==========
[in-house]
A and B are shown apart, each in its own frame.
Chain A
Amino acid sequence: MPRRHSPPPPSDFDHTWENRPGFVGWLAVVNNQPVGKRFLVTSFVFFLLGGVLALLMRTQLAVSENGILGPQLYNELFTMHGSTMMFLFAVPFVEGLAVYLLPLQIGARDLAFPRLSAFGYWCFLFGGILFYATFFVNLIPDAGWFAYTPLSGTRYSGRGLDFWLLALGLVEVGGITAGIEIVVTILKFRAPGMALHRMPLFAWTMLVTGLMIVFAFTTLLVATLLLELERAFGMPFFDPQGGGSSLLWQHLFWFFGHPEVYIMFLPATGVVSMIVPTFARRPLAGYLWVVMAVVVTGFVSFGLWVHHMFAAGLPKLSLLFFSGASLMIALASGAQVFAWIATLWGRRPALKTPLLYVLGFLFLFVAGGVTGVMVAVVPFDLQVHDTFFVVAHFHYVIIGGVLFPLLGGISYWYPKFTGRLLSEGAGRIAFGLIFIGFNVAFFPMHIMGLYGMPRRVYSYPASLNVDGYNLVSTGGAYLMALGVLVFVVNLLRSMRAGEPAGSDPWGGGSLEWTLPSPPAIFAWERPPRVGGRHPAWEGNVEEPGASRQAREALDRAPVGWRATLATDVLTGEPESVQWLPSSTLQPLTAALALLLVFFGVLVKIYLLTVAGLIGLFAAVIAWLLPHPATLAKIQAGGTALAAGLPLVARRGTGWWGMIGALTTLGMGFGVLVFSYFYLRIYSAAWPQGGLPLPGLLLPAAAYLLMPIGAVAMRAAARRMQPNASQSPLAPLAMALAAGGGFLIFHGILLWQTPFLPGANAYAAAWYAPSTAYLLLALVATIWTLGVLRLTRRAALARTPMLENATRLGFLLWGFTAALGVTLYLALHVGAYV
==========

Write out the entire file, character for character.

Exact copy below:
[in-house]
A and B are shown apart, each in its own frame.
Chain A
Amino acid sequence: MPRRHSPPPPSDFDHTWENRPGFVGWLAVVNNQPVGKRFLVTSFVFFLLGGVLALLMRTQLAVSENGILGPQLYNELFTMHGSTMMFLFAVPFVEGLAVYLLPLQIGARDLAFPRLSAFGYWCFLFGGILFYATFFVNLIPDAGWFAYTPLSGTRYSGRGLDFWLLALGLVEVGGITAGIEIVVTILKFRAPGMALHRMPLFAWTMLVTGLMIVFAFTTLLVATLLLELERAFGMPFFDPQGGGSSLLWQHLFWFFGHPEVYIMFLPATGVVSMIVPTFARRPLAGYLWVVMAVVVTGFVSFGLWVHHMFAAGLPKLSLLFFSGASLMIALASGAQVFAWIATLWGRRPALKTPLLYVLGFLFLFVAGGVTGVMVAVVPFDLQVHDTFFVVAHFHYVIIGGVLFPLLGGISYWYPKFTGRLLSEGAGRIAFGLIFIGFNVAFFPMHIMGLYGMPRRVYSYPASLNVDGYNLVSTGGAYLMALGVLVFVVNLLRSMRAGEPAGSDPWGGGSLEWTLPSPPAIFAWERPPRVGGRHPAWEGNVEEPGASRQAREALDRAPVGWRATLATDVLTGEPESVQWLPSSTLQPLTAALALLLVFFGVLVKIYLLTVAGLIGLFAAVIAWLLPHPATLAKIQAGGTALAAGLPLVARRGTGWWGMIGALTTLGMGFGVLVFSYFYLRIYSAAWPQGGLPLPGLLLPAAAYLLMPIGAVAMRAAARRMQPNASQSPLAPLAMALAAGGGFLIFHGILLWQTPFLPGANAYAAAWYAPSTAYLLLALVATIWTLGVLRLTRRAALARTPMLENATRLGFLLWGFTAALGVTLYLALHVGAYV